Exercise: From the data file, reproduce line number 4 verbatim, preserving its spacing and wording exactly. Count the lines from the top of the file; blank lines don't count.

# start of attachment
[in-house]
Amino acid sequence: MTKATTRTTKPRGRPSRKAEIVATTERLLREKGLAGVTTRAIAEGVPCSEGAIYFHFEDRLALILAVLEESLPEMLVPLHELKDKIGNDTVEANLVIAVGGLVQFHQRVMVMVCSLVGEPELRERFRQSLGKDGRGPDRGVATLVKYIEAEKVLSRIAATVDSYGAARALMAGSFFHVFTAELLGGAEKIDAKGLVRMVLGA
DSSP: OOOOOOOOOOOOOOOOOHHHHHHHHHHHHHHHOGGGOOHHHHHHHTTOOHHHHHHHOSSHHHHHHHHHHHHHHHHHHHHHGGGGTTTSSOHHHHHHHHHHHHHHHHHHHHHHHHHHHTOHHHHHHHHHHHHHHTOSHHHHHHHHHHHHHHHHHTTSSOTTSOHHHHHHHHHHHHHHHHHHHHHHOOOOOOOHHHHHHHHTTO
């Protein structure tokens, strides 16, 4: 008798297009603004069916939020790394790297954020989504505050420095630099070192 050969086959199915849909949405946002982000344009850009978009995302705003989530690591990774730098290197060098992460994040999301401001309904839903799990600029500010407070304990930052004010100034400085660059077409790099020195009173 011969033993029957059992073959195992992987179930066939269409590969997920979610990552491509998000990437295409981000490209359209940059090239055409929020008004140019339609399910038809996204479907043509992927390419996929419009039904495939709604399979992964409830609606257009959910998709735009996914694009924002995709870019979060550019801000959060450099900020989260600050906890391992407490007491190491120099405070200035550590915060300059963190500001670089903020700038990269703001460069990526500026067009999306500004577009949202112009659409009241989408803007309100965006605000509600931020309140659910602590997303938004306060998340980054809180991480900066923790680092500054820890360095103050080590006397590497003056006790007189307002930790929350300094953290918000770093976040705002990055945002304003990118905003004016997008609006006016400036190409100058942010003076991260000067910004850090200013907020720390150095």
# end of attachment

């Protein structure tokens, strides 16, 4: 008798297009603004069916939020790394790297954020989504505050420095630099070192 050969086959199915849909949405946002982000344009850009978009995302705003989530690591990774730098290197060098992460994040999301401001309904839903799990600029500010407070304990930052004010100034400085660059077409790099020195009173 011969033993029957059992073959195992992987179930066939269409590969997920979610990552491509998000990437295409981000490209359209940059090239055409929020008004140019339609399910038809996204479907043509992927390419996929419009039904495939709604399979992964409830609606257009959910998709735009996914694009924002995709870019979060550019801000959060450099900020989260600050906890391992407490007491190491120099405070200035550590915060300059963190500001670089903020700038990269703001460069990526500026067009999306500004577009949202112009659409009241989408803007309100965006605000509600931020309140659910602590997303938004306060998340980054809180991480900066923790680092500054820890360095103050080590006397590497003056006790007189307002930790929350300094953290918000770093976040705002990055945002304003990118905003004016997008609006006016400036190409100058942010003076991260000067910004850090200013907020720390150095």